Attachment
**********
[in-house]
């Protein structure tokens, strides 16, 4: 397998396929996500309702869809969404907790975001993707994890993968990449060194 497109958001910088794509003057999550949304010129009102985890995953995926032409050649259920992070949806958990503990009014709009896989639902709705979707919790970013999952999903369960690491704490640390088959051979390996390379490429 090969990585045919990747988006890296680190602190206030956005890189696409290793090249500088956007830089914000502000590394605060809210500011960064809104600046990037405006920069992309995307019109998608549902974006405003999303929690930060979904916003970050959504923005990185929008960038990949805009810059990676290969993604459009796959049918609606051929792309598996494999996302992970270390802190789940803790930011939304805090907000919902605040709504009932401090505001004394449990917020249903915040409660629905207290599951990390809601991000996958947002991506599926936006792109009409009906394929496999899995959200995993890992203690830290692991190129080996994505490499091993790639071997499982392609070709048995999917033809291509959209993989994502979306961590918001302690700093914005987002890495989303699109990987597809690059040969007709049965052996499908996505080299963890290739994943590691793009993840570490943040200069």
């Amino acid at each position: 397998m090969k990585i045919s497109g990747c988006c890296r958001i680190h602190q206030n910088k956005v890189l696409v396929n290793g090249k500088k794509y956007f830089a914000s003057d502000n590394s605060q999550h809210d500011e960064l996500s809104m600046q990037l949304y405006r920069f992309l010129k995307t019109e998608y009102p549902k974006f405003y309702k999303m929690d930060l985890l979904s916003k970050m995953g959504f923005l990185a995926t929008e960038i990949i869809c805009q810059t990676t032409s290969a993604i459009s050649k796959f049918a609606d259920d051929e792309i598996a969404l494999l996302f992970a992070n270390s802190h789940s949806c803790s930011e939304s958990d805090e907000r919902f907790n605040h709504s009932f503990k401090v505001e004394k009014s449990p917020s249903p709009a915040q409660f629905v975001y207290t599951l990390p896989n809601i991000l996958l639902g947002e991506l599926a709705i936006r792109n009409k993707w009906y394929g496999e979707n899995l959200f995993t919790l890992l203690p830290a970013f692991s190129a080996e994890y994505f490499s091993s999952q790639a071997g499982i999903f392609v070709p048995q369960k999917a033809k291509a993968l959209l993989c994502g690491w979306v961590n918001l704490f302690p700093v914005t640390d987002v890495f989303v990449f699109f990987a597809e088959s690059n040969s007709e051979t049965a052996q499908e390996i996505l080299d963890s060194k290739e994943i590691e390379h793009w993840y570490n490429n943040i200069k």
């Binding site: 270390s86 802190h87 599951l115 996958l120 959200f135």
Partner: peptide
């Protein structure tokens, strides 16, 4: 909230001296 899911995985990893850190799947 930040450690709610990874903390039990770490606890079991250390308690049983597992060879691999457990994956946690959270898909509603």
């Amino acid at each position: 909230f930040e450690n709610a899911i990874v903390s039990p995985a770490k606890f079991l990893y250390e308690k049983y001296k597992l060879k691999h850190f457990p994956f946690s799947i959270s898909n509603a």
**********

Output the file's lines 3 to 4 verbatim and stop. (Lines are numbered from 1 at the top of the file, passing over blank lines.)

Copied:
């Amino acid at each position: 397998m090969k990585i045919s497109g990747c988006c890296r958001i680190h602190q206030n910088k956005v890189l696409v396929n290793g090249k500088k794509y956007f830089a914000s003057d502000n590394s605060q999550h809210d500011e960064l996500s809104m600046q990037l949304y405006r920069f992309l010129k995307t019109e998608y009102p549902k974006f405003y309702k999303m929690d930060l985890l979904s916003k970050m995953g959504f923005l990185a995926t929008e960038i990949i869809c805009q810059t990676t032409s290969a993604i459009s050649k796959f049918a609606d259920d051929e792309i598996a969404l494999l996302f992970a992070n270390s802190h789940s949806c803790s930011e939304s958990d805090e907000r919902f907790n605040h709504s009932f503990k401090v505001e004394k009014s449990p917020s249903p709009a915040q409660f629905v975001y207290t599951l990390p896989n809601i991000l996958l639902g947002e991506l599926a709705i936006r792109n009409k993707w009906y394929g496999e979707n899995l959200f995993t919790l890992l203690p830290a970013f692991s190129a080996e994890y994505f490499s091993s999952q790639a071997g499982i999903f392609v070709p048995q369960k999917a033809k291509a993968l959209l993989c994502g690491w979306v961590n918001l704490f302690p700093v914005t640390d987002v890495f989303v990449f699109f990987a597809e088959s690059n040969s007709e051979t049965a052996q499908e390996i996505l080299d963890s060194k290739e994943i590691e390379h793009w993840y570490n490429n943040i200069k």
């Binding site: 270390s86 802190h87 599951l115 996958l120 959200f135």